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Finding Your Voice with Future Science Leaders

Future Science Leaders (FSL) is Science World’s after-school program for teens. As we celebrate the resilience and brilliance of our facilitators and students, we also want to highlight that our work is made possible by our generous partners, including: Boeing; RBC Foundation; Connor, Clark & Lunn Financial Group; STEMCELL Technologies; and NumerixS Quant.

In February 2021, American rapper MC Hammer went viral on Twitter with a quote-tweet criticizing the separation of science and philosophy.  

Rather than pit the two against each other, Hammer argues for their union. He poetically admonishes the original tweeter: “When you measure, include the measurer.”  

As an FSL facilitator, Olivia Lim agrees with the early 90’s rapper and music producer. 

In an FSL session on science communication, philosophy and ethics, Olivia helps students understand how sociocultural narratives influence both science and the humanities.

“Rather than trying to vindicate science as a ‘commitment to truth,’" she says, "it’s more productive to recognize that science has always been, and will always be, rooted in our own values, beliefs, and assumptions about each other and our world.”  

This is especially critical for future scientists, Olivia believes, as they learn how to communicate why they care about their research.

"Because people are not convinced by facts," she says. "They are convinced by stories."

Finding Her Voice 

When Olivia joined the inaugural FSL cohort 10 years ago as a student, she’d planned to become a medical doctor. But the more time she spent in the weekly sessions, the more her dreams evolved.  

Her innate love for reading and writing developed into a fascination with how science produces itself through text, and how those texts impact various STEM fields. The narratives that drive scientific progress intrigue her most. 

Today, Olivia is entering a Master’s program in English Literature. She specializes in medical and scientific narratives in literature from the Asian diaspora.  

“When I tell FSL participants that I study English Lit, they’re often surprised,” she laughs. “But that's one of the best things about the program. It introduces you to unconventional science paths you might otherwise not be exposed to.”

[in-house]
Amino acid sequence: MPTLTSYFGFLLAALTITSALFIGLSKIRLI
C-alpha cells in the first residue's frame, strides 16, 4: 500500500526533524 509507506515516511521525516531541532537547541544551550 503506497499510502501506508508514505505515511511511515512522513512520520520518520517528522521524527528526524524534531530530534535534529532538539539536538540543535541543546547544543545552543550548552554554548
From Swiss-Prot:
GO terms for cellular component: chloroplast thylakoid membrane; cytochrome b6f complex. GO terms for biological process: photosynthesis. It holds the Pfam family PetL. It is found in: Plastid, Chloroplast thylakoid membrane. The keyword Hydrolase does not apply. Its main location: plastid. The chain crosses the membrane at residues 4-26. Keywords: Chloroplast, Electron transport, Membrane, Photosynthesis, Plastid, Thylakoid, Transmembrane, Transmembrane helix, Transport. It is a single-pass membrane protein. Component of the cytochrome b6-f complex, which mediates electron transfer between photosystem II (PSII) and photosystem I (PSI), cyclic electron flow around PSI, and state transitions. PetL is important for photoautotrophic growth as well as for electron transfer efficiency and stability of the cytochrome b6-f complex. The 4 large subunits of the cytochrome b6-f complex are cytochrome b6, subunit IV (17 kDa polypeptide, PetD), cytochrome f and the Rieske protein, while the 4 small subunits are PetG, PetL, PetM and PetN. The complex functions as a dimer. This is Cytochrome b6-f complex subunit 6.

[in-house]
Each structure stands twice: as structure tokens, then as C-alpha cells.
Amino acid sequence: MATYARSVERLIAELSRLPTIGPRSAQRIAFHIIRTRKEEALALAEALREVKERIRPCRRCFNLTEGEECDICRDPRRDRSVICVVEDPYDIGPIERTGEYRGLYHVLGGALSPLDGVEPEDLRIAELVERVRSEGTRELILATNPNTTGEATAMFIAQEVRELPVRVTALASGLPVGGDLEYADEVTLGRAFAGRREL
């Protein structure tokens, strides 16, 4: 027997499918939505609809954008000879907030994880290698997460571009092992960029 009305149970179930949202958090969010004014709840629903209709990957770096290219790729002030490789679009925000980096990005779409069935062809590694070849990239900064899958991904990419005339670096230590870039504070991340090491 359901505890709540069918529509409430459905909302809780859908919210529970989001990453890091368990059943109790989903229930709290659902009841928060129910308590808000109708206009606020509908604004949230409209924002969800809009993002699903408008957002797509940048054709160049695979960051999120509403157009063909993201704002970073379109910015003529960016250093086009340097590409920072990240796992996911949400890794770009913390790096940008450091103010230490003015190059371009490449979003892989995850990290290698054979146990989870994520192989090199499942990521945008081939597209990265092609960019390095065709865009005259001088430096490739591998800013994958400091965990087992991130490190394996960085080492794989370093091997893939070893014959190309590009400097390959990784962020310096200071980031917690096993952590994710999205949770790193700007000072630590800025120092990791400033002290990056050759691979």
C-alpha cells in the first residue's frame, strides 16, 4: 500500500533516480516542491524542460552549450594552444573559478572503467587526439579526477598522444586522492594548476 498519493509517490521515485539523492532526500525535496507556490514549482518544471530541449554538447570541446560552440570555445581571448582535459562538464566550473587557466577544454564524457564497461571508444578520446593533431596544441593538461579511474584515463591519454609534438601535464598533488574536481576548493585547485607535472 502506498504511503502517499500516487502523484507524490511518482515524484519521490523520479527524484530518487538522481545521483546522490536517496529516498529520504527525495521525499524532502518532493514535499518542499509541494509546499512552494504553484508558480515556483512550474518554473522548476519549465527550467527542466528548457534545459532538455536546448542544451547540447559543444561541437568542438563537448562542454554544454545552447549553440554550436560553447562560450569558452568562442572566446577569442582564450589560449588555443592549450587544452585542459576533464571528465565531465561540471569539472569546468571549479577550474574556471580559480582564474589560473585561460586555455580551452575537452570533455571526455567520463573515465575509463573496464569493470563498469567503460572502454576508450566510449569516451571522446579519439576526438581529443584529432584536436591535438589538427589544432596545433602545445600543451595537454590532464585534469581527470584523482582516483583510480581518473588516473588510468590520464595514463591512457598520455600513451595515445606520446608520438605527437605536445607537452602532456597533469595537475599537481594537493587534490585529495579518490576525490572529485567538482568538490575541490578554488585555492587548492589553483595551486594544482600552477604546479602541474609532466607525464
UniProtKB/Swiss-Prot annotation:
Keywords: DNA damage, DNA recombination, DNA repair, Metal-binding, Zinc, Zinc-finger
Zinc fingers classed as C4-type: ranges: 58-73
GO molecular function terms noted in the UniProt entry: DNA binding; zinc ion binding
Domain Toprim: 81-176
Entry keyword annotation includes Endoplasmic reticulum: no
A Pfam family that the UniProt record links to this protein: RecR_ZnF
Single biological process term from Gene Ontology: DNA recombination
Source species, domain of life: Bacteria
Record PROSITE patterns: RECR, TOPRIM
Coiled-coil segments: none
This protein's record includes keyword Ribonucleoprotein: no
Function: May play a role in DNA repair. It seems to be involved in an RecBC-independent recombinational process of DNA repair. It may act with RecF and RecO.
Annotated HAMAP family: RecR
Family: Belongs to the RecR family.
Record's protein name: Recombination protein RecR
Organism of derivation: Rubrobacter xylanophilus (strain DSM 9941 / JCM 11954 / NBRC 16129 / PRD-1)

In fact, FSL is where Olivia discovered her talent for writing.  

In addition to weekly hands-on sessions exploring university-level techniques and skills, students write blog posts about scientific topics that excite them.

Olivia’s posts often explored medical narratives that have pervaded the culture. For example, the storied presence of hemophilia (an inherited disorder in which blood doesn’t clot properly) in European royalty.  

Olivia loved the freedom she felt when combining scientific facts with her own passion for history and storytelling. “I felt like I'd found my voice,” she says.  

The director of FSL, also an instructor at UBC’s School of Medicine, felt that, too. She asked Olivia if she could share her blog posts with her medical students to help guide them in their own process.  

“I couldn’t believe it!” Olivia exclaims. “Little high school me! That someone cared that much about what I wrote, it was very validating. In that moment, I realized I was on the right path.” 

From Student to Mentor 

Olivia doesn’t often find generalizations useful. But, in the spirit of supporting students, she offers this analogy: “Writing is to science students as math is to arts students. Both can produce anxiety.”  

Much of her FSL facilitation involves coaching participants to overcome that anxiety. It takes a lot of encouragement, she says, to give them the confidence to step outside their comfort zone. There’s a notion that the rigour of academic writing requires a curtailment of self-expression. 

But, as MC Hammer says, “When you measure, include the measurer.”  

“I get so excited when a student finds their voice at the same time that they're learning to become a scientist," Olivia says. "Those things are more aligned than we know.”  

Apply now for Future Science Leaders. 

Registration for our 2021-2022 program--our 11th year!--is open. In Science World's after-school program for teens, you'll join a community of young science enthusiasts and get advanced skills and techniques you’ll use in university and beyond.